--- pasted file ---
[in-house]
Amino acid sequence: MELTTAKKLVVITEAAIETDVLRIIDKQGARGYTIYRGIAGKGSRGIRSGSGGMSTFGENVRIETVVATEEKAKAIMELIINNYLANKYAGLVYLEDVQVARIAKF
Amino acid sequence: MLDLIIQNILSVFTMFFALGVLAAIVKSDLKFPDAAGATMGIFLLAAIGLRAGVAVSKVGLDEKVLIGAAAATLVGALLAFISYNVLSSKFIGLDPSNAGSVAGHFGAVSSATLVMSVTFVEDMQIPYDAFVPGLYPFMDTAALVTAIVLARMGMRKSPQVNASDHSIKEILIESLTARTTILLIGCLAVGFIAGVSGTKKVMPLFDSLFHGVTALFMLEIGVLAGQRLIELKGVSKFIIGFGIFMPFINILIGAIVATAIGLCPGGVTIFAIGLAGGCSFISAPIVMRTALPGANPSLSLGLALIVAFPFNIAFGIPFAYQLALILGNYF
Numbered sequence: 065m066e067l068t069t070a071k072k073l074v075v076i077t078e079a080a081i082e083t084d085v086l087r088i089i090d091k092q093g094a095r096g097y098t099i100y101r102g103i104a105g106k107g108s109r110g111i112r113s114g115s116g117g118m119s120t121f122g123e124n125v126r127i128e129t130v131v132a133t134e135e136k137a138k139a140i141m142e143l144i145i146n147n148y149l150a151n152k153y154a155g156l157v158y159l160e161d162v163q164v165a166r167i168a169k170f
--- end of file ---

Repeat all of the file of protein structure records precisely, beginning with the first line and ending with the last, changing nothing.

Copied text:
[in-house]
Amino acid sequence: MELTTAKKLVVITEAAIETDVLRIIDKQGARGYTIYRGIAGKGSRGIRSGSGGMSTFGENVRIETVVATEEKAKAIMELIINNYLANKYAGLVYLEDVQVARIAKF
Amino acid sequence: MLDLIIQNILSVFTMFFALGVLAAIVKSDLKFPDAAGATMGIFLLAAIGLRAGVAVSKVGLDEKVLIGAAAATLVGALLAFISYNVLSSKFIGLDPSNAGSVAGHFGAVSSATLVMSVTFVEDMQIPYDAFVPGLYPFMDTAALVTAIVLARMGMRKSPQVNASDHSIKEILIESLTARTTILLIGCLAVGFIAGVSGTKKVMPLFDSLFHGVTALFMLEIGVLAGQRLIELKGVSKFIIGFGIFMPFINILIGAIVATAIGLCPGGVTIFAIGLAGGCSFISAPIVMRTALPGANPSLSLGLALIVAFPFNIAFGIPFAYQLALILGNYF
Numbered sequence: 065m066e067l068t069t070a071k072k073l074v075v076i077t078e079a080a081i082e083t084d085v086l087r088i089i090d091k092q093g094a095r096g097y098t099i100y101r102g103i104a105g106k107g108s109r110g111i112r113s114g115s116g117g118m119s120t121f122g123e124n125v126r127i128e129t130v131v132a133t134e135e136k137a138k139a140i141m142e143l144i145i146n147n148y149l150a151n152k153y154a155g156l157v158y159l160e161d162v163q164v165a166r167i168a169k170f